Review: ‘The Settlement’

Perception is the key to Sergei Loznitsa's wordless B&W film-essay, which gradually envelops the viewer in the day-to-day activities of a rural mental institution in Russia. Cameraman Pavel Kostomarov garnered a special mention from the docu jury at Karlovy Vary, suggesting future activity for this atmospheric pic on the festival circuit.

Perception is the key to Sergei Loznitsa’s wordless B&W film-essay “The Settlement,” which gradually envelops the viewer in the day-to-day activities of a rural mental institution in Russia. Cameraman Pavel Kostomarov garnered a special mention from the docu jury at Karlovy Vary, suggesting future activity for this atmospheric pic on the festival circuit. Other prospects are limited.

As the mists clear from the fields, workers walk or ride purposefully to their various jobs, with no indication that this is anything other than a typical village. Yet these people, while serene, also seem distinctive: A farmer has a hitch in his step as he lets the cows out, another seems to go through the motions of chopping wood with no actual result, and an oddly animated group boards a bus while another aimlessly harvests grain. It soon becomes apparent, from the faces caught in close-up, that these mundane rituals, earnestly performed, are somehow therapeutic, a link between this world and the one occupied by these citizens behind their cheerful yet blank eyes. Tech credits revolve around the patient, nuanced photography.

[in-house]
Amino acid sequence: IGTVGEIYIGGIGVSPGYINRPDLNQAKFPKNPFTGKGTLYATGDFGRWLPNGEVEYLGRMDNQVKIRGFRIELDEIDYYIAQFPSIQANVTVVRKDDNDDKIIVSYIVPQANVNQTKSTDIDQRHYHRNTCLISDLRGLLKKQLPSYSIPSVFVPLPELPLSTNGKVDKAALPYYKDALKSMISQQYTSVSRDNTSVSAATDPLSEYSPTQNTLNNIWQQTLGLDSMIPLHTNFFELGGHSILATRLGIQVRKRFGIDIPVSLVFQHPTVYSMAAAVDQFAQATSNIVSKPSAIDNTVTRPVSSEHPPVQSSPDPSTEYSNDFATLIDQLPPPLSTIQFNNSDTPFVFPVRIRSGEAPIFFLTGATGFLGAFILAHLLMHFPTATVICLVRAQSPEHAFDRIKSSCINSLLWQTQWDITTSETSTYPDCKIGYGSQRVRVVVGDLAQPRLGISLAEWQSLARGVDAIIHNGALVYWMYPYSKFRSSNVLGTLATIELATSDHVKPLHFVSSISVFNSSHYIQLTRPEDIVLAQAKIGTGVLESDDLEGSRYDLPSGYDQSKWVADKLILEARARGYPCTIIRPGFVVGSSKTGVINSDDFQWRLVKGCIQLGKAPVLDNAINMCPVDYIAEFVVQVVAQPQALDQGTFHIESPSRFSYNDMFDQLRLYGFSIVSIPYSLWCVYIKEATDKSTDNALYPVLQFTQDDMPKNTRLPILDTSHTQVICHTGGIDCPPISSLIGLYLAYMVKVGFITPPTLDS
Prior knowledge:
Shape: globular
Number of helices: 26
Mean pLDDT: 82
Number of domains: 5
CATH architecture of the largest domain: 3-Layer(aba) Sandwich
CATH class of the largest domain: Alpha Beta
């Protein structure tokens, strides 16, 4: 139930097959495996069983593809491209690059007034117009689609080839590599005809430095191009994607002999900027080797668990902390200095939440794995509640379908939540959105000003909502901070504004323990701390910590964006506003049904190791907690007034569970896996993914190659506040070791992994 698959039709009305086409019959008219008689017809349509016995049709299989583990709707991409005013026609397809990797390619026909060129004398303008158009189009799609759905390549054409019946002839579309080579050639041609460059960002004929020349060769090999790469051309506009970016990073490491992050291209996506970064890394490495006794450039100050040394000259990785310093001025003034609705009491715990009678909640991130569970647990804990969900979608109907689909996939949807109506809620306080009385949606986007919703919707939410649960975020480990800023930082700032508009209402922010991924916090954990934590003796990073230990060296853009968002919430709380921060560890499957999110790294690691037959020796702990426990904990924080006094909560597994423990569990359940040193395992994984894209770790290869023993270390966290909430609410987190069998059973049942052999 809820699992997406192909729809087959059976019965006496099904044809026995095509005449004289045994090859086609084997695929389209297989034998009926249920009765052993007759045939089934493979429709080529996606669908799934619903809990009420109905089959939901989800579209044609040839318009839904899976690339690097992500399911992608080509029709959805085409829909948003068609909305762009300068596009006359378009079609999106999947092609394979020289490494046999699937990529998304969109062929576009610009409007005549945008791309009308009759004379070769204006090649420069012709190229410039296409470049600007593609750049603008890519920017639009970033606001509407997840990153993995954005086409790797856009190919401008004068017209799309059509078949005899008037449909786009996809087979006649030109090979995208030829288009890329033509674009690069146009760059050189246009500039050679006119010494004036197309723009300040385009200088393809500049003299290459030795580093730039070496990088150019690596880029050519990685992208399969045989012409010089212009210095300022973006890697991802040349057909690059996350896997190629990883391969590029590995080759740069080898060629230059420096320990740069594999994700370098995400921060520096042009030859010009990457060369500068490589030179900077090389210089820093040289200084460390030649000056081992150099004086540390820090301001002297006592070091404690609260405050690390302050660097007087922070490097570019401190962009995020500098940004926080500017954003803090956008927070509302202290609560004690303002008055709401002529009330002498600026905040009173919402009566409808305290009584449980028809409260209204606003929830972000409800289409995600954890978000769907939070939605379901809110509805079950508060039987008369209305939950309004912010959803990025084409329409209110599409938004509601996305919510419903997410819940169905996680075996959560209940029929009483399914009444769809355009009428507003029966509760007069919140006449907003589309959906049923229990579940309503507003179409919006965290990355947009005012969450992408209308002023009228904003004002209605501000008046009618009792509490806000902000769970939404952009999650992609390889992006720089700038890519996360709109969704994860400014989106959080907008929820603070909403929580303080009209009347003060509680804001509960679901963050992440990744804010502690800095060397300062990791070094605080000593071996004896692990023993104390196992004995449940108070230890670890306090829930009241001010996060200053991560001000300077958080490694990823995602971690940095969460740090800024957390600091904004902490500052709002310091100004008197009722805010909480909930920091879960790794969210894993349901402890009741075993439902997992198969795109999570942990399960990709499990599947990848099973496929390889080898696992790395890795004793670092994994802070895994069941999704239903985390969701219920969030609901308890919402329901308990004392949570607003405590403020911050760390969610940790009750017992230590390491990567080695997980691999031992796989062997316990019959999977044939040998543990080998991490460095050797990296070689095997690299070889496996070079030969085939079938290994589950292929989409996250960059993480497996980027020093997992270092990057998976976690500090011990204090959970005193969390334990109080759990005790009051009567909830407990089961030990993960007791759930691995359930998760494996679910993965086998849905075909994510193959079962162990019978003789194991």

The Settlement

Russia

Production

A St. Petersburg Documentary Film Studio production. (International sales: St. Petersburg Documentary Film Studio, St. Petersburg.) Produced by Vyacheslav Telnov. Executive producer, Sergei Podshivalov. Directed, written, edited by Sergei Loznitsa.

Crew

Camera (B&W), Pavel Kostomarov. Reviewed at Karlovy Vary Film Festival (competing, docu), July 11, 2001. Original title: Poselyeniye. Running time: 77 MIN.
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